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This paper offers a new approach to the issue of transnational corporate liability for human rights violations and more generally an inquiry into the place of domestic legal experiences in theorizing about transnational law. Grounded in a study of the Holocaust restitution litigation of the 1990s, we explain corporate liability as a type of bureaucratic liability and explore in depth the relationship between the Holocaust litigation and the theory of structural reform litigation developed in the U.S. to address the bureaucratic structure of rights violations. We read the restitution litigation in light of pluralist reformulations of structural reform, in which norms are not enunciated in a hierarchical manner by the judge but are produced contextually through dialogue between court and parties. We use this analysis to challenge contemporary theoretical treatments of transnational corporate responsibility for human rights violations and suggest more promising directions for theorization.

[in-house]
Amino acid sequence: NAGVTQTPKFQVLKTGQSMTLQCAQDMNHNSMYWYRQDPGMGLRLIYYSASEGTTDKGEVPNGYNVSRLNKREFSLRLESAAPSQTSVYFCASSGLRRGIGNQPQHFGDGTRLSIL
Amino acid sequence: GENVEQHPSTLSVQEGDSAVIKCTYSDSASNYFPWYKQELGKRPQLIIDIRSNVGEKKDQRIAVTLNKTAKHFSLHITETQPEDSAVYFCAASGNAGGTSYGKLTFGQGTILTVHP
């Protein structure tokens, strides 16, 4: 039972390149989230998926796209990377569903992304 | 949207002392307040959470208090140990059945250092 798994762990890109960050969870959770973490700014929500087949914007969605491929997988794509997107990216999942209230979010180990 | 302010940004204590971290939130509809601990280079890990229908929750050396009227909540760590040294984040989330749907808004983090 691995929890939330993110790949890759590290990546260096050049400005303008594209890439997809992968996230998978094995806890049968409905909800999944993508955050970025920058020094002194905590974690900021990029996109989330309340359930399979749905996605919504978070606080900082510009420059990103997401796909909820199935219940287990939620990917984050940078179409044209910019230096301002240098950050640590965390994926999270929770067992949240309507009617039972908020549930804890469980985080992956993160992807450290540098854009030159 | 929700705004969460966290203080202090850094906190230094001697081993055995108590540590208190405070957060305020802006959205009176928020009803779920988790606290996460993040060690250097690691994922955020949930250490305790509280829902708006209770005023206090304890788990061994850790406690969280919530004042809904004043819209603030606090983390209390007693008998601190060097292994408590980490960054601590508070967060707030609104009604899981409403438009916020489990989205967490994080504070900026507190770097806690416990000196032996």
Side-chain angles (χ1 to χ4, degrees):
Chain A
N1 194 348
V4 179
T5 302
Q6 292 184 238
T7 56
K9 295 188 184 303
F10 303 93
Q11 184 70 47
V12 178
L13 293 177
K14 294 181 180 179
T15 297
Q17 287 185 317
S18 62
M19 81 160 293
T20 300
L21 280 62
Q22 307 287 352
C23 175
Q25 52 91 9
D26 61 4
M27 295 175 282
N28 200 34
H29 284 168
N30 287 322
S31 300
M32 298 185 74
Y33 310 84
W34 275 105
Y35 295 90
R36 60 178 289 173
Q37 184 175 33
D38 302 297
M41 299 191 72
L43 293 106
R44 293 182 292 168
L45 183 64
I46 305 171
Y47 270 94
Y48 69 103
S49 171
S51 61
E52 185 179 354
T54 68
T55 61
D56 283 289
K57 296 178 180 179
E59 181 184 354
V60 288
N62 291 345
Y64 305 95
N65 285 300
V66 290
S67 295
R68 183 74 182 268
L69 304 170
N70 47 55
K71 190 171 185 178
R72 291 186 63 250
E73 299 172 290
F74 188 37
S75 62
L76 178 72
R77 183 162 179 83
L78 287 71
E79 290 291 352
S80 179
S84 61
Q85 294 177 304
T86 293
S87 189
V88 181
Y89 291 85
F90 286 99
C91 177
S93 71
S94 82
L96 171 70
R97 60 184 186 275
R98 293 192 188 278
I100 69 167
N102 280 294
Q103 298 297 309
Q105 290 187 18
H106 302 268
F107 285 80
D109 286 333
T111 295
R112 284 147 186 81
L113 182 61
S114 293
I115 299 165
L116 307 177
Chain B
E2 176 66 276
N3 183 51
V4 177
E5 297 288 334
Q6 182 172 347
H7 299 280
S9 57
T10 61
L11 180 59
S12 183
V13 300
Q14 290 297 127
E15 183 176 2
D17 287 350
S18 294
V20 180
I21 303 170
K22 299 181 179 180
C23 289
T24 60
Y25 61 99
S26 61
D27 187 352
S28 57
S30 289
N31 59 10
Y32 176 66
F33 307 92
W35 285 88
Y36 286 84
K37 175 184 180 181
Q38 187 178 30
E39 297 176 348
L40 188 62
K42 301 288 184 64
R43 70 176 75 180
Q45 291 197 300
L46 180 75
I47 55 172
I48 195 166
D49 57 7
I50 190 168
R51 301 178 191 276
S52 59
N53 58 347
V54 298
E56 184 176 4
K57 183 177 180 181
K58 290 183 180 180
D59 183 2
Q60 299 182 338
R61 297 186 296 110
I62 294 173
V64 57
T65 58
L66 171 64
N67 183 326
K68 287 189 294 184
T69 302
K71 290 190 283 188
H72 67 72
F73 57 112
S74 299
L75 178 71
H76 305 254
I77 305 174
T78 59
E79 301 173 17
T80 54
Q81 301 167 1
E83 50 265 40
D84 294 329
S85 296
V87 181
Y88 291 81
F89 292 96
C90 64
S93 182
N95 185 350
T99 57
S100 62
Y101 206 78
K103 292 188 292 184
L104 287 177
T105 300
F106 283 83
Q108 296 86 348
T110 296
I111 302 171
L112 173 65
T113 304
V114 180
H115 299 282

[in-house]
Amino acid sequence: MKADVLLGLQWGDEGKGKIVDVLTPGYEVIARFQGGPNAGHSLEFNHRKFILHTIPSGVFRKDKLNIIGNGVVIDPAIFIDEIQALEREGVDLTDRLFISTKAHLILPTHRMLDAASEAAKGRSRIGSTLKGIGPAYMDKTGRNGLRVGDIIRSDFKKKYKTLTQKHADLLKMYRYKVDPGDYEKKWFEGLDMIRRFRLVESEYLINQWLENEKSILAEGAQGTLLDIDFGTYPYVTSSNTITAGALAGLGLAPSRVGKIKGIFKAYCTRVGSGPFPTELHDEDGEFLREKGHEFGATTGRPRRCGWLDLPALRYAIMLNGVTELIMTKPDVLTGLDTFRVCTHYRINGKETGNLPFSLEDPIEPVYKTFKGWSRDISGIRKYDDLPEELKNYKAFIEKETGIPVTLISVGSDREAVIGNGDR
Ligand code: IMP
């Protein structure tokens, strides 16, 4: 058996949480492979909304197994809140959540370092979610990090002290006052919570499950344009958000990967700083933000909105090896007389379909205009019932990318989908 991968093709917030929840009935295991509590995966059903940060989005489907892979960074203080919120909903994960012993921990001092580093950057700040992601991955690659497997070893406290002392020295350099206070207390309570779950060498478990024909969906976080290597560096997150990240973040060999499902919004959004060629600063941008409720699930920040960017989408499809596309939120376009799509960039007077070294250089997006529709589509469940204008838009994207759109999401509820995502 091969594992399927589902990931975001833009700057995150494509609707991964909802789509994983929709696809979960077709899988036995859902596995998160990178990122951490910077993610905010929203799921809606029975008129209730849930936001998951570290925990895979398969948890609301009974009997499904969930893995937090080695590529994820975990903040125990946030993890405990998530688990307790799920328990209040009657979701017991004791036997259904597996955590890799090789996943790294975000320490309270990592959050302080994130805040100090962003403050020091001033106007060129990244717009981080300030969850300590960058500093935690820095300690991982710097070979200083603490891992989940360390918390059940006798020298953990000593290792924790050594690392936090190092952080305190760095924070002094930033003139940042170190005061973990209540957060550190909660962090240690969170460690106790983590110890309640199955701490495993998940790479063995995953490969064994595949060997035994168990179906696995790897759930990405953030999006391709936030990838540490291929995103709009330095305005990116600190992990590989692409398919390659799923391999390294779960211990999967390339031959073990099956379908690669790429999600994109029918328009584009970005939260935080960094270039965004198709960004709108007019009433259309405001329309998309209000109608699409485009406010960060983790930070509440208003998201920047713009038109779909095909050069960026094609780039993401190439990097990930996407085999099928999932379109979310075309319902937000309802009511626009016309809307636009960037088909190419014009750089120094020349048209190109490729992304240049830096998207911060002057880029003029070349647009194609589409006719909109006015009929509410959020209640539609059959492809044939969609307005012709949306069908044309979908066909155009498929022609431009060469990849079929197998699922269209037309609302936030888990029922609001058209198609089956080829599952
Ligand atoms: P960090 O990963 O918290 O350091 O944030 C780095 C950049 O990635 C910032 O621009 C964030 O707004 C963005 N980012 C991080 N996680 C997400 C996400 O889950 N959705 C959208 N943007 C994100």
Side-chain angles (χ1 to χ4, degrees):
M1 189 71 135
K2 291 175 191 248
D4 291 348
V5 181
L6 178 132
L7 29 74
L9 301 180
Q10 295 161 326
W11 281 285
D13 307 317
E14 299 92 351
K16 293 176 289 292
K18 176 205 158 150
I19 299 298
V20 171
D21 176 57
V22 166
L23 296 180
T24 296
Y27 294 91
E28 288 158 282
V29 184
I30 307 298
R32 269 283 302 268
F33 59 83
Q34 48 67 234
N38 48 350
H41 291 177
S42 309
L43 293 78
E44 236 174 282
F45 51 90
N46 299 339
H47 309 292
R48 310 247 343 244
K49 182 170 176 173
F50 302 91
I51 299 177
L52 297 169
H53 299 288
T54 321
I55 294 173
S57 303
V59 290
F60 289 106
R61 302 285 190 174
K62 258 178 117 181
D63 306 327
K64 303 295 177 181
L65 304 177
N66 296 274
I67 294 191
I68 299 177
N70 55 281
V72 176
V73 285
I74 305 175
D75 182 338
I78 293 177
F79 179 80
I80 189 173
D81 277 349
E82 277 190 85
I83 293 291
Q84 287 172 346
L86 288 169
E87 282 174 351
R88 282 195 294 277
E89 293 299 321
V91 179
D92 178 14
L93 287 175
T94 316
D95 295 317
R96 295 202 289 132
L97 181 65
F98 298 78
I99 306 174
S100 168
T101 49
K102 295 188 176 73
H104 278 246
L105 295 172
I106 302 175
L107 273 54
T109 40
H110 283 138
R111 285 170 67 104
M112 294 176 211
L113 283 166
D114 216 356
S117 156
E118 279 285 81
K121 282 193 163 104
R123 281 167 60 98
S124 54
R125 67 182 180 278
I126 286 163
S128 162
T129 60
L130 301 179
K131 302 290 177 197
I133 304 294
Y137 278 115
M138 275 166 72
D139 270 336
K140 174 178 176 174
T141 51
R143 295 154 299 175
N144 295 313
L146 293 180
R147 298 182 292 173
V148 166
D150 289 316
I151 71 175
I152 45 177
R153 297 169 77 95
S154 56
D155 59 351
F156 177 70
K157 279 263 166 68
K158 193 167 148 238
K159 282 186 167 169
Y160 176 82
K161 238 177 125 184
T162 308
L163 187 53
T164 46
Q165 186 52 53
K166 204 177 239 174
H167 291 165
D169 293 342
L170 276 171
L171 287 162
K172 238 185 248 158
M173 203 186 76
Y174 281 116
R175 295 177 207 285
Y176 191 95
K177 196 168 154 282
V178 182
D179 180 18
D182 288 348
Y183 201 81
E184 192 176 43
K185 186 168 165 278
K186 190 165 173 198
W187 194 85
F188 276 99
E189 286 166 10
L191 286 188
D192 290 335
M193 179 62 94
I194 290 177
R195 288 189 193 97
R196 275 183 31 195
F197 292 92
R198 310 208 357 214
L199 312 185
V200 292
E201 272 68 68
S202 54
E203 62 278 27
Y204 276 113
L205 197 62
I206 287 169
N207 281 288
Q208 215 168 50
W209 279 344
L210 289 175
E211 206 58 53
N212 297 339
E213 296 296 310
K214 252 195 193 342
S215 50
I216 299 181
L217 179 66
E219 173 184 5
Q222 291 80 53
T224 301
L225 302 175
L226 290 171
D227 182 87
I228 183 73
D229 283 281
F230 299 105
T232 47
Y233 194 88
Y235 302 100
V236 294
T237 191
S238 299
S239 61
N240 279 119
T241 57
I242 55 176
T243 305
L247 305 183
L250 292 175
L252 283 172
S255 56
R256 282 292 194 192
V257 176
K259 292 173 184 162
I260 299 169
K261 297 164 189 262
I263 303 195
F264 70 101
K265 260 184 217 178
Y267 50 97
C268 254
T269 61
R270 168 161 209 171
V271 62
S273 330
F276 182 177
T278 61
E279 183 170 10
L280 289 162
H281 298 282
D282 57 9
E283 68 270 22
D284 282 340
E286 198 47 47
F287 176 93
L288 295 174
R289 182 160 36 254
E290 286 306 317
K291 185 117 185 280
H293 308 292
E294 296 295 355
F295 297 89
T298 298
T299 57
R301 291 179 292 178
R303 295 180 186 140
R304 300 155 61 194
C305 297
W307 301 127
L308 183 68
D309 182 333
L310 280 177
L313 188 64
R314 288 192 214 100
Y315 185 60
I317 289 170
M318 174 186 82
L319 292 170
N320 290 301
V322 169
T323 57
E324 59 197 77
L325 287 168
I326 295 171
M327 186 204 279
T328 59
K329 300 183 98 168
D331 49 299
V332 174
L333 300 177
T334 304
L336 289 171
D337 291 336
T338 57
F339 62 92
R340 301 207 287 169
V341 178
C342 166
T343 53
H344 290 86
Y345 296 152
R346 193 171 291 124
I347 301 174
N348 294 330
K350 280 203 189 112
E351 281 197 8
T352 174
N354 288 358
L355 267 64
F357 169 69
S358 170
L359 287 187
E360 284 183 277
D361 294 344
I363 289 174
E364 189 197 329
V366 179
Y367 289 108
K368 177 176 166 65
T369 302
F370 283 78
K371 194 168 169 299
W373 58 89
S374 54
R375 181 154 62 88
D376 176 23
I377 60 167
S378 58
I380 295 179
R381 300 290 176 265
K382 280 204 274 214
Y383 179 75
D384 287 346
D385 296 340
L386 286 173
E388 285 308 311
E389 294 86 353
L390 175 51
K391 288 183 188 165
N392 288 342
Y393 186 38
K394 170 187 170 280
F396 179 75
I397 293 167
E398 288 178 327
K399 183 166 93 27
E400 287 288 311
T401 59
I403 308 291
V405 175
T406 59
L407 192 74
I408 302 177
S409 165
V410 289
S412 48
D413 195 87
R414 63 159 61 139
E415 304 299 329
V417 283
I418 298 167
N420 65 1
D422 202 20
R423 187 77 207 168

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2 Stan. J. Complex Litig. 139